In a far corner of the field, Nanny laid on the ground perfectly still. The only movement was a wiggle near her belly. Papa reached down and touched Nanny. His face dropped as he frantically checked her over.

"She's gone," he finally said as he lifted a tiny baby goat into his arms. "Little man, you're Momma is gone."

"Will he die too?" Anna asked reaching to pet him. 

"He won’t die.”

“He’s so tiny. He needs his mother.”

"Mimi will care for him until he's ready to be out in the field with the others."

Papa carried the baby goat toward the house. Anna walked by his side wondering how the baby would live without his momma.

After Papa told Mimi about what happened to Nanny, she wiped tears from her eyes and said, "I'll get his milk ready."

While Papa and Anna waited for Mimi to prepare the milk, Papa asked, “Anna, would you like to hold the kid?”

Anna nodded and asked, “Why did you call him a kid?”

“Baby goats are called kids.”

Anna snuggled the baby goat in her lap. She gently patted his back while waiting for Mimi to return.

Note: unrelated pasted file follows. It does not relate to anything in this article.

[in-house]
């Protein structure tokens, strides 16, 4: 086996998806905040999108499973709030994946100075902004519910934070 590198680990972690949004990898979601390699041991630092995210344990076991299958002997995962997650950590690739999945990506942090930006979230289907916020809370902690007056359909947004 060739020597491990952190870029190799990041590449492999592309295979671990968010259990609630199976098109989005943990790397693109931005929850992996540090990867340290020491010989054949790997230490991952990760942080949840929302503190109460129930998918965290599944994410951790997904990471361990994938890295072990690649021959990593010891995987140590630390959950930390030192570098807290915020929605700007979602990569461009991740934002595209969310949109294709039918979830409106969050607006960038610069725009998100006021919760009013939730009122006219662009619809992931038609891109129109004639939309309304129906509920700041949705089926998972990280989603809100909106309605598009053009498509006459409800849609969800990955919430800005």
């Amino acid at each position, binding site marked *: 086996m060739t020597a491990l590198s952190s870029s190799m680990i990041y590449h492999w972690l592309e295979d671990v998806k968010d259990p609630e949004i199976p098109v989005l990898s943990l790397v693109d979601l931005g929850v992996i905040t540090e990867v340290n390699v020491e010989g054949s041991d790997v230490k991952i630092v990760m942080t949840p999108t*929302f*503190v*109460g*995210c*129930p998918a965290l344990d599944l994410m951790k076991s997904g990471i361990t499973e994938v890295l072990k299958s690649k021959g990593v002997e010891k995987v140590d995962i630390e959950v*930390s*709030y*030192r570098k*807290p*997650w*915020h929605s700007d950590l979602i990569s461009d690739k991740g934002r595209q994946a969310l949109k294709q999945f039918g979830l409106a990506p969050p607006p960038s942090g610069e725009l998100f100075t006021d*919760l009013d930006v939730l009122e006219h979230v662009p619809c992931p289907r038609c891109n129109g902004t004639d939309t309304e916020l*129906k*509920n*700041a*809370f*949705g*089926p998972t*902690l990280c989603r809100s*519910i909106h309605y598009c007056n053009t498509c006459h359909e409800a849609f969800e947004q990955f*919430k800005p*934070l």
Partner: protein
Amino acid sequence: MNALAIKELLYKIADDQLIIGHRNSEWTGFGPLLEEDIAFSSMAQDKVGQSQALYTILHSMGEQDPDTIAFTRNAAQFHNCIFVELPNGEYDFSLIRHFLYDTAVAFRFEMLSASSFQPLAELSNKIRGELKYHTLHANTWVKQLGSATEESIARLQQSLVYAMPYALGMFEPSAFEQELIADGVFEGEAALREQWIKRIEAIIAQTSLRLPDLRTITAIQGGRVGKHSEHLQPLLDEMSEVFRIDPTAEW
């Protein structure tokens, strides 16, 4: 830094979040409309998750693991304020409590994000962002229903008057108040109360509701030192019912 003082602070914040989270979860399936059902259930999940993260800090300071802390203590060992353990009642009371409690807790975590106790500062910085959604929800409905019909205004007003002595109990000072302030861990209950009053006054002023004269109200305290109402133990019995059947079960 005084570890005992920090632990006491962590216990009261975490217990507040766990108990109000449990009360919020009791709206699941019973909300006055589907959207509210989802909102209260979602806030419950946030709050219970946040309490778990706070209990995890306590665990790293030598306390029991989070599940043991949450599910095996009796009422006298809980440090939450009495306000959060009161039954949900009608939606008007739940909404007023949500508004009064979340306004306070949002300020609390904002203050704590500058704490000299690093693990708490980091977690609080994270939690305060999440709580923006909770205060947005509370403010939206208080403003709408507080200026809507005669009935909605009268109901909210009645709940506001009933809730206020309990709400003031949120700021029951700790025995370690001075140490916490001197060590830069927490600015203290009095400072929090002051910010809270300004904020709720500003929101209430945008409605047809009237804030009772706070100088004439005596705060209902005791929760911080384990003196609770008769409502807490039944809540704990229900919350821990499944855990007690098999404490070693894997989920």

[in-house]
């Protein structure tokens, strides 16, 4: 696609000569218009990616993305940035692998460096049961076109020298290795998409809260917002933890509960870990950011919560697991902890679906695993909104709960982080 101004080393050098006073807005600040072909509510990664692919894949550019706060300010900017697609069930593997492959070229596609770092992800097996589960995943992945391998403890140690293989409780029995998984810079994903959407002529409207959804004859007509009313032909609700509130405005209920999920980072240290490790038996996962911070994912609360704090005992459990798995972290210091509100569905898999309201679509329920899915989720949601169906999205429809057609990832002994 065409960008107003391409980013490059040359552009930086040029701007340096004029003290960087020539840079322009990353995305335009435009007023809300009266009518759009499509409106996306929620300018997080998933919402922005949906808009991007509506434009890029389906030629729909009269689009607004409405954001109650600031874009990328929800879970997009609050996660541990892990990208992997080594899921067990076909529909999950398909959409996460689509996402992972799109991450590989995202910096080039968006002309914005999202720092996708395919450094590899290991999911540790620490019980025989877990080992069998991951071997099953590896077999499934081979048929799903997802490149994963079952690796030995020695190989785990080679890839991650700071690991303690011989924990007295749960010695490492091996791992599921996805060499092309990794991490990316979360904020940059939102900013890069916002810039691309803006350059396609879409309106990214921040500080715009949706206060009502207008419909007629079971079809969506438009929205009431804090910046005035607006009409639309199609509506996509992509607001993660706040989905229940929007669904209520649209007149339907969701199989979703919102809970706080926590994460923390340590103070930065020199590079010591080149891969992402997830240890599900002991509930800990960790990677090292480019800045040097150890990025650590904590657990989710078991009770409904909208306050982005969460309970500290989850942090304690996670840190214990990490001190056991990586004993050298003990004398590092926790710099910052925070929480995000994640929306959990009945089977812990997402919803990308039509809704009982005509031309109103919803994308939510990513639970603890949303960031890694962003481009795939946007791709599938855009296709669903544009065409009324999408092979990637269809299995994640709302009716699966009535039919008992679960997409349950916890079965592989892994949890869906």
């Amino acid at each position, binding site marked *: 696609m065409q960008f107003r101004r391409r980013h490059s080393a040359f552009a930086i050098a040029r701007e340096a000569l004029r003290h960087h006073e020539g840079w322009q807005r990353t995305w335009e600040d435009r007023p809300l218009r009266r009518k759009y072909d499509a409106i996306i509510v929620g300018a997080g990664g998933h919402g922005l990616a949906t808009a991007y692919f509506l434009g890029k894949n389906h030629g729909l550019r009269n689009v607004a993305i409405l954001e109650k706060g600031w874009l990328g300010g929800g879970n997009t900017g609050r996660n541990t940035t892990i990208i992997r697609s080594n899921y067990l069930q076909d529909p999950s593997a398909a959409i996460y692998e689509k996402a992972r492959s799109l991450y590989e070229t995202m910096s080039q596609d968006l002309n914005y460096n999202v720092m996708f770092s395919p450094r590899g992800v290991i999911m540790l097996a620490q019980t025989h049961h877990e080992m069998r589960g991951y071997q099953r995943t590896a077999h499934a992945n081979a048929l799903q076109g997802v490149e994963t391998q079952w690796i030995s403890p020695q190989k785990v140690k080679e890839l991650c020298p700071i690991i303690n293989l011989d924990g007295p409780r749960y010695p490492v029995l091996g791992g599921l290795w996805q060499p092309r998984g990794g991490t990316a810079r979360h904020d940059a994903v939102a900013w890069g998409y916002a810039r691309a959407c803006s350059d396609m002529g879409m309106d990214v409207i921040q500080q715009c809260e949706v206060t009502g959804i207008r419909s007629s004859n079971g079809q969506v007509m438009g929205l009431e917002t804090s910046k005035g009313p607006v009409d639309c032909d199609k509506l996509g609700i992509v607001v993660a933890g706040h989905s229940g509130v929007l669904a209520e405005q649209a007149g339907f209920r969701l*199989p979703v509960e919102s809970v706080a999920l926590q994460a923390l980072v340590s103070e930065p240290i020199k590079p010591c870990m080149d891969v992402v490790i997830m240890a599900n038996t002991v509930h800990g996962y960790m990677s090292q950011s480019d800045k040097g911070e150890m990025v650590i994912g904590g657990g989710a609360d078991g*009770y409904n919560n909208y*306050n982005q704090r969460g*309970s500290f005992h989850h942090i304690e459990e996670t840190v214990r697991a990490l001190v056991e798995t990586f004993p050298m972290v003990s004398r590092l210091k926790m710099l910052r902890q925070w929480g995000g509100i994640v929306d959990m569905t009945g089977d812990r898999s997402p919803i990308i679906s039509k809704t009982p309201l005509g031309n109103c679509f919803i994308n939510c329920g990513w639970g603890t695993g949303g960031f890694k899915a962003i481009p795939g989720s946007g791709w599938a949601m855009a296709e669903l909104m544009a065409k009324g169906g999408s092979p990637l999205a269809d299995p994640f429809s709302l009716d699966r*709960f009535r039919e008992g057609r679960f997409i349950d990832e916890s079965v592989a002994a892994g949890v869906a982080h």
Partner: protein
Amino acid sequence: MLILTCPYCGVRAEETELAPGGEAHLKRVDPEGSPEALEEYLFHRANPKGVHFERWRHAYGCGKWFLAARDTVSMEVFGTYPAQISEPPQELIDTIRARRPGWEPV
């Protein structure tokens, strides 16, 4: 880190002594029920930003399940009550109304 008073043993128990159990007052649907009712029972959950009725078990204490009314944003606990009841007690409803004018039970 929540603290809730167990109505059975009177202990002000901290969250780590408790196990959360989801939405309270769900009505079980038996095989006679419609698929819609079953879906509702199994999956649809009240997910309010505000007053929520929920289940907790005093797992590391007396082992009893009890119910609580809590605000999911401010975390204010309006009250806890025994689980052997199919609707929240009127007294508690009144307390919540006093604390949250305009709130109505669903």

"Anna, would you like to feed him?" Mimi asked as she returned with the bottle.

Anna nodded her head. “How did you know what to feed him?”

“Baby goats drink goat’s milk. I always keep milk saved back just incase I need it, like today.”

Anna cuddled the baby goat as she fed him from the bottle. 

"Would you like to name him?" Papa asked.

"Yes. Since he’s my friend, I'll call him Buddy, " Anna answered. 

“That’s a perfect name,” Mimi said smiling.

Snuggling Buddy tightly, Anna looked down and patted his head as she said, “You will be okay, Buddy. I don't have my momma right now either. I'll take care of you. We can be friends."

April 22, 2022 16:20

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19:16 May 05, 2022

I don't find this realistic - farming is more brutal and far less fluffy.


Melony Beard
22:31 May 05, 2022